November VR/AR News #1: Hardware updates, Google Tango and tech in South Africa

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Most virtual reality headsets have one of two problems: either they are tethered to a computer, limiting the user’s mobility, or because they use smartphones, are too heavy. To combat this, Chinese hardware company Pico VR has come up with Pico Neo, a controller containing hardware to power a headset. According to The Verge, “By tethering the controller to an ultra-lightweight headset, you can enjoy standing or sitting VR experiences without feeling like you’re wearing a one-pound weight on your face.”


A Voke camera system. Source: Intel Corp.

Following other tech companies like Microsoft, Intel Corp. is entering the VR space with its purchase of Voke, which focuses on live action VR experiences. According to The Wall Street Journal, Voke has created a system called True VR that “uses sets of paired cameras and software that help capture live images and simulate the sensation of three-dimensional space for viewers with computer displays or virtual-reality headsets.”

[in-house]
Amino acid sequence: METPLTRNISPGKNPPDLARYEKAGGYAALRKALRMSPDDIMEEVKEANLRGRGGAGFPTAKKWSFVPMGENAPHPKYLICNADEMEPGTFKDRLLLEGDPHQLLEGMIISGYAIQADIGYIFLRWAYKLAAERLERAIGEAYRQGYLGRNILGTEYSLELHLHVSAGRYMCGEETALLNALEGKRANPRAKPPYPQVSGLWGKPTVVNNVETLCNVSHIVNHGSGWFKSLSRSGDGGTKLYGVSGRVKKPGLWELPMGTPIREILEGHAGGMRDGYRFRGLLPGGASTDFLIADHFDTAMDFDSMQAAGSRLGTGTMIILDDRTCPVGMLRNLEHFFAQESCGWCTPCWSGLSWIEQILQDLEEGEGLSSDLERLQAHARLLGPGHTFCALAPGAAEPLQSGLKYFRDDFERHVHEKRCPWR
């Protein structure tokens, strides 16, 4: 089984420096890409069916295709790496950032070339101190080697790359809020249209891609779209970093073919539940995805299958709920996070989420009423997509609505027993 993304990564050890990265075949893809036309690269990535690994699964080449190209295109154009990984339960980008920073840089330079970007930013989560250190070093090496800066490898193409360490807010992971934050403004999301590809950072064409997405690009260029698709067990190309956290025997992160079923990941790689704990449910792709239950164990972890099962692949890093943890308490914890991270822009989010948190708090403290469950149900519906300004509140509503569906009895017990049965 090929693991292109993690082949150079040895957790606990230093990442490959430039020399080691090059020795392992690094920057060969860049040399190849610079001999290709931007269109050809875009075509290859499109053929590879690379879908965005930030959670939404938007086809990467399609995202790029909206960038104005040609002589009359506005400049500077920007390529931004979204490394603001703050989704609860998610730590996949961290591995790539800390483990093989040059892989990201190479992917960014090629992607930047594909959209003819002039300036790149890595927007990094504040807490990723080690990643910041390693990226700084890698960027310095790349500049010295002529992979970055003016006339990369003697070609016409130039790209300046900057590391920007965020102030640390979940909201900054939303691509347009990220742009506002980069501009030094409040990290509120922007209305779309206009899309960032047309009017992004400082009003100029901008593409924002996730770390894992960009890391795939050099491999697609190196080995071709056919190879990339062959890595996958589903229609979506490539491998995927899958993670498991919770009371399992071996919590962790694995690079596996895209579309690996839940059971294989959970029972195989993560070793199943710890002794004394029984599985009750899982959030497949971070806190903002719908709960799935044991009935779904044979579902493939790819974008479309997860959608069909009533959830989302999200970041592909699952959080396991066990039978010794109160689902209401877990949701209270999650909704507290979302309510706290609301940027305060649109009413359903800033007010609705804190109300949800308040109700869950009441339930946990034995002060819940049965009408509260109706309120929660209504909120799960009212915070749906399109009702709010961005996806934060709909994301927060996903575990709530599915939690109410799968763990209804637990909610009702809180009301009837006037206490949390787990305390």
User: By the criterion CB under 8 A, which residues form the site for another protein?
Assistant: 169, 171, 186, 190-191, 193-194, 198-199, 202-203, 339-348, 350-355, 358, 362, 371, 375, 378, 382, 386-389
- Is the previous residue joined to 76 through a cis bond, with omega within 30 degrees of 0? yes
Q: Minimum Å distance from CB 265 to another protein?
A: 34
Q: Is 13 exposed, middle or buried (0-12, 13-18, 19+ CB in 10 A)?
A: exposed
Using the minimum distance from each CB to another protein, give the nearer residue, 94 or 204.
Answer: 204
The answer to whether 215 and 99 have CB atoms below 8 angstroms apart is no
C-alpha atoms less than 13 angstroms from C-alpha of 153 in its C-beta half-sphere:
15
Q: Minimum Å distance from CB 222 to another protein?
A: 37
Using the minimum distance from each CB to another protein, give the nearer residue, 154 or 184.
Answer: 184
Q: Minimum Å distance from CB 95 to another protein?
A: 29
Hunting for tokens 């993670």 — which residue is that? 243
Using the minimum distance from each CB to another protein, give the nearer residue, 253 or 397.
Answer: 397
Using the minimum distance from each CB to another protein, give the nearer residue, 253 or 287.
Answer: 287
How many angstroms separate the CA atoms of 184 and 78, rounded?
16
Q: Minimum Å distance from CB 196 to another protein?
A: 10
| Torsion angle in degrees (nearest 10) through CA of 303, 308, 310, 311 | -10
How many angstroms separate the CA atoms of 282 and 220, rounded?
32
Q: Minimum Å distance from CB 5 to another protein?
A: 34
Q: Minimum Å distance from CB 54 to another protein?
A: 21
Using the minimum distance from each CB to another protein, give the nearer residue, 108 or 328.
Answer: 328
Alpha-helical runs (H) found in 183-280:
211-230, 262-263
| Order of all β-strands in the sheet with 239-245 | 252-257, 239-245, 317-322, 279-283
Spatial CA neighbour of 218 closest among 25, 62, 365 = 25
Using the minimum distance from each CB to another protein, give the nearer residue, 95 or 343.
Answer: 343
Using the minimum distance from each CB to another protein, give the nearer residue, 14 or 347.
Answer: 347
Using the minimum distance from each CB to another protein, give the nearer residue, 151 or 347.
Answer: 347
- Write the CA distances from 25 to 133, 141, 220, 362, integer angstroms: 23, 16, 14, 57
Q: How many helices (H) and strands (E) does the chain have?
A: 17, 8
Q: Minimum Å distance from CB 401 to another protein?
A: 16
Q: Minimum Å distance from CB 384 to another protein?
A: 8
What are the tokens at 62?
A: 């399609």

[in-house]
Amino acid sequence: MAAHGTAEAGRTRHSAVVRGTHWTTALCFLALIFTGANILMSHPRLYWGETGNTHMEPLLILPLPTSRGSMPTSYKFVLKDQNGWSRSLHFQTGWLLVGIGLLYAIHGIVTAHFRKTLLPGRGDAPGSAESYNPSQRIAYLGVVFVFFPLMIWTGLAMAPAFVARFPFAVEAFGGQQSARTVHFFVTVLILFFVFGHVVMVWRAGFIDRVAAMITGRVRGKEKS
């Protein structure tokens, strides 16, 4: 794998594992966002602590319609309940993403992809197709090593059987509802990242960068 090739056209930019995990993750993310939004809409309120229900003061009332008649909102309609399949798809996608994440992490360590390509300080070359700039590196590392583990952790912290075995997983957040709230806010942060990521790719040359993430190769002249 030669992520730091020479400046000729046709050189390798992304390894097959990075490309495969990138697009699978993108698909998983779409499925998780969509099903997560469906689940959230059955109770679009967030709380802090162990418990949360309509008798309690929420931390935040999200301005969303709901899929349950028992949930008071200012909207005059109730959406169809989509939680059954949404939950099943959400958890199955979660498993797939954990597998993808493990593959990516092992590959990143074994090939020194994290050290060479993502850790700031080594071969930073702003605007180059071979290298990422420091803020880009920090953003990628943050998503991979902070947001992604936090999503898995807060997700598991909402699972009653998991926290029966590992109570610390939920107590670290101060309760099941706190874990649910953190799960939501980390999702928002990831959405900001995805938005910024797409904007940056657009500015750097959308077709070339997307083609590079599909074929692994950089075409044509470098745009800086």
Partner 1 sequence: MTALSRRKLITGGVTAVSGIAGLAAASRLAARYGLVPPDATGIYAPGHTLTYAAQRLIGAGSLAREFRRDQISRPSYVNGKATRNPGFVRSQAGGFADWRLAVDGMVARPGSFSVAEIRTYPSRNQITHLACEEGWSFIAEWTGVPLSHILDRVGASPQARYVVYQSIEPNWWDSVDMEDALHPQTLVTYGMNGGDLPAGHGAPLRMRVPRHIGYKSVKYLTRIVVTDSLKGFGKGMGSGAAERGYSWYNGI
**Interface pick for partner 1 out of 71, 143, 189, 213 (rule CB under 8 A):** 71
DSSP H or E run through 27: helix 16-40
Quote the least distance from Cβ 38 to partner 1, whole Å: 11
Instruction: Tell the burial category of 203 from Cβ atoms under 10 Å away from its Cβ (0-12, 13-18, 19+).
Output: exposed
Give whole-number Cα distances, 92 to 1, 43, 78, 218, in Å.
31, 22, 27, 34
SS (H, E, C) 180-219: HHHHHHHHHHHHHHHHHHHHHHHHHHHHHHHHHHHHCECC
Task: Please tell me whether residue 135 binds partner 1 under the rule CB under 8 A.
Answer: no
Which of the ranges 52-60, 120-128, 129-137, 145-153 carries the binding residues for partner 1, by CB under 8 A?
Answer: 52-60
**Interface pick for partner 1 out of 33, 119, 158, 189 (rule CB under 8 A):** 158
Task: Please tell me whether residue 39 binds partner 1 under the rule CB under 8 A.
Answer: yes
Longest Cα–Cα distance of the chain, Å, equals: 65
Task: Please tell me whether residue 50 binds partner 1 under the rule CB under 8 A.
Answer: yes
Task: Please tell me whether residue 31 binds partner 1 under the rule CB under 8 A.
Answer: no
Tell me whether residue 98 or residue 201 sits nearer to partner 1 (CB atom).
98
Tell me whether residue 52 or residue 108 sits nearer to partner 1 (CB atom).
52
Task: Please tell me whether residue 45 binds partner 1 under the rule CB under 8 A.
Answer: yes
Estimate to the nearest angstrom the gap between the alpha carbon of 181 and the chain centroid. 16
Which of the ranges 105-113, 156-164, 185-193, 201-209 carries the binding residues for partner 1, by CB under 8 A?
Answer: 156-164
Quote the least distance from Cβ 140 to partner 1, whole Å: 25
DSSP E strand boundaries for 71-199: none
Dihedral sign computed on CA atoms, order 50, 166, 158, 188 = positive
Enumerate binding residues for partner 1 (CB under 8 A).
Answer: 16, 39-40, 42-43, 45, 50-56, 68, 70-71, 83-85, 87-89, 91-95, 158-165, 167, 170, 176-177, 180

Lenovo, the Chinese smartphone maker, will release the first smartphone that uses Google’s Tango technology. According to Business Insider, Tango uses integrated sensors and cameras to determine its location. This means the phone has powerful AR capacities. Read about more uses for Google Tango with its Phab 2 Pro, which will make it easier for consumers to access the technology.

During an interview with UploadVR, the Vice President of Unity Labs Sylvio Drouin said the company is making the VR software more accessible so anybody can create “fairly complex experiences.” While coding skills are currently required to use Unity, Drouin said that one day users will “assemble content through Unity pretty much without writing a line of code.”

While South Africa is developing its own startup tech industry matching those in other African countries including Ghana and Kenya, the challenge is being sure VR/AR content is being made by local creators. “The big problem right now will be to make sure Africa puts its flag in the ground creatively speaking, as almost 100% of the content currently available on [major] platforms…is not from Africa,” Neil Brandt told Variety. Brandt is a producer with Fireworx Media, which launched Cyclops (Pvt.) Ltd., a subsidiary focused on VR and 360 video. Although the industry is growing, Brandt said there needs to be more of a focus on nonfiction stories.

Guided tours are getting a revamp with VR and AR apps that provide a more immersive experience. These range from sightseeing apps and audio tours to scavenger hunts.

For fun: To understand the future of VR, why not look to the past?

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